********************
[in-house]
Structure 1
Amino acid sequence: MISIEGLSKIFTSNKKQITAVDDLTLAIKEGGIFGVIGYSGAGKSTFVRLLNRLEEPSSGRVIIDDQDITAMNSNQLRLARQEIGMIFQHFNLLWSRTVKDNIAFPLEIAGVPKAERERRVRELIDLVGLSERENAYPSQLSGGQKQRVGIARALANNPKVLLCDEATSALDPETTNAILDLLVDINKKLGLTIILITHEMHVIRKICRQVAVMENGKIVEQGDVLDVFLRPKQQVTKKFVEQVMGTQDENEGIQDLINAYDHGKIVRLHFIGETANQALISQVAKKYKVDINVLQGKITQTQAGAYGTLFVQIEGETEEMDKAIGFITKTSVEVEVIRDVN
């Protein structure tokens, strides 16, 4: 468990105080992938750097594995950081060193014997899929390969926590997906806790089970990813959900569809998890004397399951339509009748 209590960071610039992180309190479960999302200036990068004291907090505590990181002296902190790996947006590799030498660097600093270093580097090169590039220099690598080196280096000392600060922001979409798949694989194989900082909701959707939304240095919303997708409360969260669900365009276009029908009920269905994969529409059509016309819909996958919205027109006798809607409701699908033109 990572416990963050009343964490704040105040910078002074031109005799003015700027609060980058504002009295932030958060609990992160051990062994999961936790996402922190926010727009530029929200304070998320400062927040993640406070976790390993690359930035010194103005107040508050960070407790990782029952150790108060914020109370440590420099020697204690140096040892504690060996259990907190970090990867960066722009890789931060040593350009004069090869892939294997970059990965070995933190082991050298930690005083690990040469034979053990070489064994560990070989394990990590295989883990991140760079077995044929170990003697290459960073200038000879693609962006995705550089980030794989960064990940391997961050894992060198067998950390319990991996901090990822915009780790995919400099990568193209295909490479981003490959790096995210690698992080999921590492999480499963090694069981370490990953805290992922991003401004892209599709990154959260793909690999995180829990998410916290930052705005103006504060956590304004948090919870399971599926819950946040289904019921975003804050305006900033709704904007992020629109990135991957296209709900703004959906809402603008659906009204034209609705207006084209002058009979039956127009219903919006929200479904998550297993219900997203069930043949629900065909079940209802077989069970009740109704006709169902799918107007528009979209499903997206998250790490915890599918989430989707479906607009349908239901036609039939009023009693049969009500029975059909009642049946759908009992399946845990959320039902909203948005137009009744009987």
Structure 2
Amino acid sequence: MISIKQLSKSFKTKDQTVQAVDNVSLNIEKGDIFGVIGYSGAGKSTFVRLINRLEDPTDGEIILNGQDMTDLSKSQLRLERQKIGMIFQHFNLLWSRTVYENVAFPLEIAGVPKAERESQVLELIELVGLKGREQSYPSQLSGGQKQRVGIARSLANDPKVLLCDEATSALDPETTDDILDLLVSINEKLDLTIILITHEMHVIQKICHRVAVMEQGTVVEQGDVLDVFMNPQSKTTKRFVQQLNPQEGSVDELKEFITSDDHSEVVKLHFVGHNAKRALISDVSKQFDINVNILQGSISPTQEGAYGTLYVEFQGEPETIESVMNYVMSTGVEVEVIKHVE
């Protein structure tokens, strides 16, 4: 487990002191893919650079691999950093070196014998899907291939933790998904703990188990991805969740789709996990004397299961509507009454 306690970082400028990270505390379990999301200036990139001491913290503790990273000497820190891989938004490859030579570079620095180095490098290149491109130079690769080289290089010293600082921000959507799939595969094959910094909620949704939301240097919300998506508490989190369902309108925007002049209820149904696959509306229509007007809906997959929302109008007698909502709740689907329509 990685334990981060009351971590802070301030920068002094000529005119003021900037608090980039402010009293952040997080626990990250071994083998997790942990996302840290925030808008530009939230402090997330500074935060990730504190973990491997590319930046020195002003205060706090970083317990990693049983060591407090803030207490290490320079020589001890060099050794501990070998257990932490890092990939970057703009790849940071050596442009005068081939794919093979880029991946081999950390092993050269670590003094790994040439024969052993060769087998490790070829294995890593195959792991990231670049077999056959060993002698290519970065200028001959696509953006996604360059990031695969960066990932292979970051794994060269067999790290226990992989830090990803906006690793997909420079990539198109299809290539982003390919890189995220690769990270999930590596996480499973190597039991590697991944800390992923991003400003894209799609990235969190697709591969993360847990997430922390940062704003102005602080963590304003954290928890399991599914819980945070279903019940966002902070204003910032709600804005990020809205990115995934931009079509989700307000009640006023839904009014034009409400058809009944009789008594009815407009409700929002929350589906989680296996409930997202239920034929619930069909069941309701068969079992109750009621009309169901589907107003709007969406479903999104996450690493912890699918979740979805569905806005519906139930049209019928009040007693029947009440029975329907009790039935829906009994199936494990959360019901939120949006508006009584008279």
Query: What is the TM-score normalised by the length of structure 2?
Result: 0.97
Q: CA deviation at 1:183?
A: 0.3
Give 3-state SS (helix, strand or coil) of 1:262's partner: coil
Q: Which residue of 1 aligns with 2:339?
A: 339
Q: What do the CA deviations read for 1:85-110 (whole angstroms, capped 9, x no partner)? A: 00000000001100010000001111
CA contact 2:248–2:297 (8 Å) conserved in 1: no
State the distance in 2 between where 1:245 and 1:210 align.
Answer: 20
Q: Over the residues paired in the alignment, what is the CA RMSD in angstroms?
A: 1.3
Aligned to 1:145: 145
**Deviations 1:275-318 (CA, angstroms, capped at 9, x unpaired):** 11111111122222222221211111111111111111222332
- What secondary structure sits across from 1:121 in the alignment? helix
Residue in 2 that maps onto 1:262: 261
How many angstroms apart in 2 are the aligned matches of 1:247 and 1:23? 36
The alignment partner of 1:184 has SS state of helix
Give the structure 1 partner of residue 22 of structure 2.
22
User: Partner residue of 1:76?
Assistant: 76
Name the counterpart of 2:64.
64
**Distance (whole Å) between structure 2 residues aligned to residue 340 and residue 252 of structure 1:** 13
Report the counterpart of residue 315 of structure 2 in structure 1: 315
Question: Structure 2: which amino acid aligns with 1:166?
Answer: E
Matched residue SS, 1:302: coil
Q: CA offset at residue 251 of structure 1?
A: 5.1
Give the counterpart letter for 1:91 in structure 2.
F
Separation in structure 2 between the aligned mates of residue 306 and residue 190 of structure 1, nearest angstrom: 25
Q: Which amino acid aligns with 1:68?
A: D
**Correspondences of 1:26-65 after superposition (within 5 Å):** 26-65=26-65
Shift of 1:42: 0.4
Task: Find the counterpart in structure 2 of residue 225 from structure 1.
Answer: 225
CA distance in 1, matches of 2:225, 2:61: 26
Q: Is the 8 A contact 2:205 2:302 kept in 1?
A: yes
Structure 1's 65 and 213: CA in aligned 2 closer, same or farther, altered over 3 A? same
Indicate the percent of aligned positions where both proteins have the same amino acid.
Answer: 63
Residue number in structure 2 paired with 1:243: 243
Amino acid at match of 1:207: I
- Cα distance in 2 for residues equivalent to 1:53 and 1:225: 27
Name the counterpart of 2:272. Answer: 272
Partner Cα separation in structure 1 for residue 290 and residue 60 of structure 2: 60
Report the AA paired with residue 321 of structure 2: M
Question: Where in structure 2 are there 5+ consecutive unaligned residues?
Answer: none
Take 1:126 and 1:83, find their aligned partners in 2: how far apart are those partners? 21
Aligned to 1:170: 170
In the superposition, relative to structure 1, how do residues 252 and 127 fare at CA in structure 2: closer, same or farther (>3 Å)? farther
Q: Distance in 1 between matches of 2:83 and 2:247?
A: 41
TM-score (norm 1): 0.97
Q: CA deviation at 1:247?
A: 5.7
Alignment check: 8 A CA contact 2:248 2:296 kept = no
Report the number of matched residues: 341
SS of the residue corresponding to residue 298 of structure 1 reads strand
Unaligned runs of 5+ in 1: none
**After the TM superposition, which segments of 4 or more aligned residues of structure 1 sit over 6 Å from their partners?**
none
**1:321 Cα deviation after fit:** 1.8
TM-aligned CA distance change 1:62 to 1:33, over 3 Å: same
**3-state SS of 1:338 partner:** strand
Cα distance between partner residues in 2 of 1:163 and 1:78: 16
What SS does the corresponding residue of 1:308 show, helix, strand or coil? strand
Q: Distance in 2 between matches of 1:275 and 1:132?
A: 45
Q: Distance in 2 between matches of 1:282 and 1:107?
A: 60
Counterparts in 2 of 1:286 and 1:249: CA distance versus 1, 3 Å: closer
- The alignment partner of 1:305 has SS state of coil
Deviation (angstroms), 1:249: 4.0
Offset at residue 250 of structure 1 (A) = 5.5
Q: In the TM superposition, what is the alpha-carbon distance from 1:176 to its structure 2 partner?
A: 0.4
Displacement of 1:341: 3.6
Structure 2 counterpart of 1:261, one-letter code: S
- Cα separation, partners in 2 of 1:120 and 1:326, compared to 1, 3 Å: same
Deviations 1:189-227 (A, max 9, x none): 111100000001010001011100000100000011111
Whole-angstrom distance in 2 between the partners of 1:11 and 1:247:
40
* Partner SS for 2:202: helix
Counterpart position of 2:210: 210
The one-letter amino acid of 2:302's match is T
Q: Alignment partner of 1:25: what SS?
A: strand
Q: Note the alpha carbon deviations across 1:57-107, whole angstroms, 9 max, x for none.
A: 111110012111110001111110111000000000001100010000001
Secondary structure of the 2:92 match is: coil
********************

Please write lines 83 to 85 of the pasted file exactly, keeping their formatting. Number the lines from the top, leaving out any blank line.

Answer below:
A: 45
Q: Distance in 2 between matches of 1:282 and 1:107?
A: 60